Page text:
Silver Crusade

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Pathfinder Adventure Path Subscriber

-1. These remind me of the cringe-worthy "Elminster vs. Volo" sidebars WotC loves, much to nobody's fun.


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Jester David wrote:
thflame wrote:
As someone who doesn't care about Golarian lore, put that stuff in another book. If you care enough, you'll look it up on your own.

Less lore and more flavour. A break from the pure crunch.

Like written art.
(But lore could fit too I suppose. Little notes of how they fit or work in Golarion.)

thflame wrote:
I'd rather have 10 pages of mechanics that people may or may not want than 10 pages of lore that people may or may not want that can be found elsewhere.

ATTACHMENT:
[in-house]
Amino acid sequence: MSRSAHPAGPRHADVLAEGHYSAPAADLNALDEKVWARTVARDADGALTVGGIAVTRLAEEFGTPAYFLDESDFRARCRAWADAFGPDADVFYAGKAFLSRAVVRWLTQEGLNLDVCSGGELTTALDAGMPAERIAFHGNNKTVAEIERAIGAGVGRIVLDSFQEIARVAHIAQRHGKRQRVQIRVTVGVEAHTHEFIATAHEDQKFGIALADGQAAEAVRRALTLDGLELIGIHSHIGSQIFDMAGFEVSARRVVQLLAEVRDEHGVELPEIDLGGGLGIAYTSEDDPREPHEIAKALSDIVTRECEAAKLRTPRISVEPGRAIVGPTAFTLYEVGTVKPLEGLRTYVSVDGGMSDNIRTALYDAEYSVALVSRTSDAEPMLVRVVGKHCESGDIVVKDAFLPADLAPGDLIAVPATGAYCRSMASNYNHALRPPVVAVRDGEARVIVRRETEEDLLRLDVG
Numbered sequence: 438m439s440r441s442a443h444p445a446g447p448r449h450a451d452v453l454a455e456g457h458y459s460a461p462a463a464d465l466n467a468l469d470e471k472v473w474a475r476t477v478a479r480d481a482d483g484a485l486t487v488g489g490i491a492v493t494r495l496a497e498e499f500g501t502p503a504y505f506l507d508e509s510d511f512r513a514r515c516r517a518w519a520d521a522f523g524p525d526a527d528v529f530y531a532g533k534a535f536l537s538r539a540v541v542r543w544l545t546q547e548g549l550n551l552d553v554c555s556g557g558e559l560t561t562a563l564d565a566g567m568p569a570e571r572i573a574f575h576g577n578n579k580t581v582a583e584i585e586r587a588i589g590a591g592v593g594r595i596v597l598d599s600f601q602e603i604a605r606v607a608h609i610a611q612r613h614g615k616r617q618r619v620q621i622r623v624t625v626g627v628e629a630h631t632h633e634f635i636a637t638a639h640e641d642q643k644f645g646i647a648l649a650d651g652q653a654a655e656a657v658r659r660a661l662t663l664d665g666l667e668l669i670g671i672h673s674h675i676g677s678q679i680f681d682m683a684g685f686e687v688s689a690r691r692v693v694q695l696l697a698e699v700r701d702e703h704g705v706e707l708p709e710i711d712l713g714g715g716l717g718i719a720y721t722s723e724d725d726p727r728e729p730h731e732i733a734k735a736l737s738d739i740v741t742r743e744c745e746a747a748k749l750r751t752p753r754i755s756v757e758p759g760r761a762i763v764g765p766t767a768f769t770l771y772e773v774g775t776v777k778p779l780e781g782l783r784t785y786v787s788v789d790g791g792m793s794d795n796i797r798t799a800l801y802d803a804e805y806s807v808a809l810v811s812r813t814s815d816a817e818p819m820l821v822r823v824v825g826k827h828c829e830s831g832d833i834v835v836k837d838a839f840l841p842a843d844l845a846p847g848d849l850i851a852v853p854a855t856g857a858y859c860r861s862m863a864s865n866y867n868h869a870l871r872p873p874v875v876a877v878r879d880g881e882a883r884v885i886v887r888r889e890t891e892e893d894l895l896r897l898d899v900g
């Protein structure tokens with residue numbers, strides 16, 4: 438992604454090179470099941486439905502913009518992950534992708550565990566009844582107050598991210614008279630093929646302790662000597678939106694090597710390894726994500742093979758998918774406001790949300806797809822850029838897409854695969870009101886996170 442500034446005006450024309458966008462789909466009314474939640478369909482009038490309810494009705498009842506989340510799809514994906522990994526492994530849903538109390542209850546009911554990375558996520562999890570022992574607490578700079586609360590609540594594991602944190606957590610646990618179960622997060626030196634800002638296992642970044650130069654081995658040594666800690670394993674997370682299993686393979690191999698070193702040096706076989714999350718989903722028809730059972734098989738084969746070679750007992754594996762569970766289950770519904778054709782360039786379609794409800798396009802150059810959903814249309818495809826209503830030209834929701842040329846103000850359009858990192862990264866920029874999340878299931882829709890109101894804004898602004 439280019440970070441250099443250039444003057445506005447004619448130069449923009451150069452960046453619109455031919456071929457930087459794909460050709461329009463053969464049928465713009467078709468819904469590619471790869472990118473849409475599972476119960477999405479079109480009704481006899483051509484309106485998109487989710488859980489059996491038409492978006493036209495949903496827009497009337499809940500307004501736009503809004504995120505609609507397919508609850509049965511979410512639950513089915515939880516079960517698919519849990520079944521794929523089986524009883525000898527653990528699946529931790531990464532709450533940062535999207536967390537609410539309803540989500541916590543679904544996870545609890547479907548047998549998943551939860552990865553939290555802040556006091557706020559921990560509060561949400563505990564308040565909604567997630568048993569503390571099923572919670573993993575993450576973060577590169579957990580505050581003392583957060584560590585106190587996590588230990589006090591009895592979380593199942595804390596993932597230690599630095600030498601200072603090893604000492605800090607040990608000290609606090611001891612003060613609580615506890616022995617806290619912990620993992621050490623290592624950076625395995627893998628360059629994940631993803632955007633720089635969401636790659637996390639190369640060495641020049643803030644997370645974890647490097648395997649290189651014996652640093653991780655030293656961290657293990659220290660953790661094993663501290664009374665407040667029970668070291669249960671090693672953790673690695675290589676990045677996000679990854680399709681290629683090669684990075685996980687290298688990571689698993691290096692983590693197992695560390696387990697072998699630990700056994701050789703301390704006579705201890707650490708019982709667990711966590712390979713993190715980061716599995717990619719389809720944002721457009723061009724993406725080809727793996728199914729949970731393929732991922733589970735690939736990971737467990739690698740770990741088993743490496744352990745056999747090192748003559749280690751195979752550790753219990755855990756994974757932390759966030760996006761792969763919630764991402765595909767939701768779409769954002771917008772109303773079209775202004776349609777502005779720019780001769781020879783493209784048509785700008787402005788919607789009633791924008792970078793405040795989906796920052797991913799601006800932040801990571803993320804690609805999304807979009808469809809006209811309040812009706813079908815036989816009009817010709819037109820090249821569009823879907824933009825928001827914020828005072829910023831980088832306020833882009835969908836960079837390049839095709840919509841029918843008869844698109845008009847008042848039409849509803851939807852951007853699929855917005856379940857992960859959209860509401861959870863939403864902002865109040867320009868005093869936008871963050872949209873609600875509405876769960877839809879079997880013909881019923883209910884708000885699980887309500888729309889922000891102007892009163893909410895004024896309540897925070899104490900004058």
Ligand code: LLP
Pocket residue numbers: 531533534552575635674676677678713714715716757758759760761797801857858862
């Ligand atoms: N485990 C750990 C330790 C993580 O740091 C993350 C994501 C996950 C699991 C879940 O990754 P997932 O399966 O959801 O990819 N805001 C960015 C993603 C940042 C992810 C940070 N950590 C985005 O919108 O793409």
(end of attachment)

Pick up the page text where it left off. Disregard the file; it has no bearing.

Can’t they also find the mechanics elsewhere as well?

Two things on that:
1) Not everyone likes pure crunch. I find that boring AF. Seeing five pages of pure crunch without a break is daunting and dry. I need a reason to care. A mix of crunch interspersed with flavour satisfies both.
2) More crunch is not better. Most crunch in PF1 isn’t worth the space it takes up. If they need to fill a page, I’d rather they round out a column with a fun sidebar than a feat, as the feat will likely be terrible.

What they *should* do is make 50% as many feats and options as they need and cut the bad ones in layout. Set them aside for another development pass in a future book.

All good points, pure crunch is good for an SRD, not so much for an actual book, otherwise it can feel like reading stereo instructions.